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In addition to this, older children also pointed out they felt that healthy lifestyle information wasn't always delivered in the correct manner, there was a belief that stigmatising people who were overweight was negative. There was an awareness that there is a psychological aspect to overeating, and in some individuals it is this that needs to be addressed. Moreover, there was a feeling again demonstrated solely by the older participants that being overweight/obese could be difficult to rectify and maintaining a healthy weight could be a challenge.
*: So you need to be in the middle. I: Is it easy to stay in the middle? *: No, because sometimes you can't be bothered to eat well and exercise. Girls year 6 I: Do you think it's quite easy to lose weight? *: Yes *: Well for some people. *: If you put your mind to it, it is. I: No go on cos everyone's got different ideas. *: You can't just lose weight quickly. *: Cos my dad when he was young he was obese so he told me, but he's sort of addicted really. *: Addicted to what. *: Addicted he cannot stop but he's trying. *: He cannot stop what. *: Eating when he was young, he like learnt now he's saying to me about being fit cos he tells me about what happened when he was young so I try it. Boys year 6
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This understanding of the complex nature of the obesity problem, coupled with the confusion and conflict in both the information and behaviours the participants are exposed to, can help explain some of the barriers to individuals adopting a healthier lifestyle.
The results detailed above highlight some important findings as to how children understand obesity in terms of some of its causes and consequences. It was particularly clear that knowledge, often imparted in a school setting, is getting through to the children who participated in this study. However, it appears equally evident that this knowledge in many cases does not transfer to behaviour. Further examination of the results allows us to explore the potential reasons behind the knowledge-behaviour gap.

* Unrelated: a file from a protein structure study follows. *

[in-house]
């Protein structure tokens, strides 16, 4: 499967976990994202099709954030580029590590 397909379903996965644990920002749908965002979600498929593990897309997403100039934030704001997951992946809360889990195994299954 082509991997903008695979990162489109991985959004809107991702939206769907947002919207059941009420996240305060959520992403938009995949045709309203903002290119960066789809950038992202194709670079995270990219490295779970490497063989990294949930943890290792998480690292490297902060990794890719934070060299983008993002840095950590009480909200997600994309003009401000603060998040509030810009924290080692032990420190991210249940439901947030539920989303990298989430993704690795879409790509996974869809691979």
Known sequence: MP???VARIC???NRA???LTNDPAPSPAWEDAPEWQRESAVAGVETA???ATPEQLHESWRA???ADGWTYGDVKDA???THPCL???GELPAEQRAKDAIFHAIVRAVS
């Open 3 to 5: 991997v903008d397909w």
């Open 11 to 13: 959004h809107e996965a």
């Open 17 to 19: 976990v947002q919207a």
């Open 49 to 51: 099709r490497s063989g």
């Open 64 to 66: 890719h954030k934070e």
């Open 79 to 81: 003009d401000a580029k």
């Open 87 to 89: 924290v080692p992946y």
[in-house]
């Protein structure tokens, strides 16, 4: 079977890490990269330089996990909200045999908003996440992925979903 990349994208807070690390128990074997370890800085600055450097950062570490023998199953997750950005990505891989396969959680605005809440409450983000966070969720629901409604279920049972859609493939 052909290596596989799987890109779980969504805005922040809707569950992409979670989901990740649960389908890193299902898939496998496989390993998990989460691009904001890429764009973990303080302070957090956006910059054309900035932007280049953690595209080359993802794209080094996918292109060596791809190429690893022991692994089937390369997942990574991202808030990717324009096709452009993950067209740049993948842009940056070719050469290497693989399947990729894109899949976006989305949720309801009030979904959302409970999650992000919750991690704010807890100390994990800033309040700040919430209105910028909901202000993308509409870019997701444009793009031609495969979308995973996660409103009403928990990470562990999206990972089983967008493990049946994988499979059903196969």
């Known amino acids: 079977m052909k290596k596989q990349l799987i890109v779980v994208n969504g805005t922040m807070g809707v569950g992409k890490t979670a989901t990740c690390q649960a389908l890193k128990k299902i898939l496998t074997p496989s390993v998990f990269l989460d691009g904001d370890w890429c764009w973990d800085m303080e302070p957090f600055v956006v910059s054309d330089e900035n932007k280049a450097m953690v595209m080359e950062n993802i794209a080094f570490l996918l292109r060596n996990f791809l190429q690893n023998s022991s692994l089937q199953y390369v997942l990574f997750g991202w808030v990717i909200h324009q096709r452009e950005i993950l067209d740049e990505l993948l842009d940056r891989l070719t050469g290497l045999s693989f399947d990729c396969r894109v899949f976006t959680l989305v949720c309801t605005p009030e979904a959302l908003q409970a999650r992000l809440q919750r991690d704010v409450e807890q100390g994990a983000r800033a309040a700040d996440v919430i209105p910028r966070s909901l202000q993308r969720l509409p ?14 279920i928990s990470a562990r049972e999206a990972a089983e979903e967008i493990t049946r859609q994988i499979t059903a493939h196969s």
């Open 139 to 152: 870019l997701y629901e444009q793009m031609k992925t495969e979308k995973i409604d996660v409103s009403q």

Role models by their nature provide examples for both the children's beliefs and their behaviour. There are a wide variety of potential role models for children from parents, teachers, peers, and celebrities. What seems particularly important, in terms of being a positive role model with regards to healthy lifestyles, is that children have an opportunity to view the process of being healthy. In this study, this was typified by the examples of the Year 6 boys who participated in sport with their fathers. It appears this close and active relationship allows the knowledge that has been started at school to grow. Allowing children the opportunity to apply their knowledge and see the steps taken by a role model to get or stay fit help translate this knowledge into behaviour. What is interesting, however, is that it seems passive behaviours by role models can have the same impact. It was the case with these participants that the effect of passive knowledge transfer seemed to be more negative, but that is by no means to say that passive behaviours by role models will not also encourage positive lifestyle behaviours in other cases. The most obvious example of this within this data set was the seemingly implicit messages that the girls received about being skinny. There was not an overtly explicit attempt on the behalf of the role models described here to encourage a “skinny” ideal; however, messages seemed to reach the participants that would indicate this is the case. The key difference between these active and passive role models appears to come from whether the role models place focus on the process; taking part in sport (in the example of the older boys) or outcome being skinny (in the example of the girls). Focus on the action of being physically active or enjoying a healthy diet in the case of these participants produces a healthier outlook on maintaining a healthy body weight. When that focus is on the outcome—the weight loss or the weight gain—there seems to be less concern for actually “being healthy” in terms of body weight and lifestyle. This notion about process and outcome is intrinsically linked to the theme of Fat is Bad.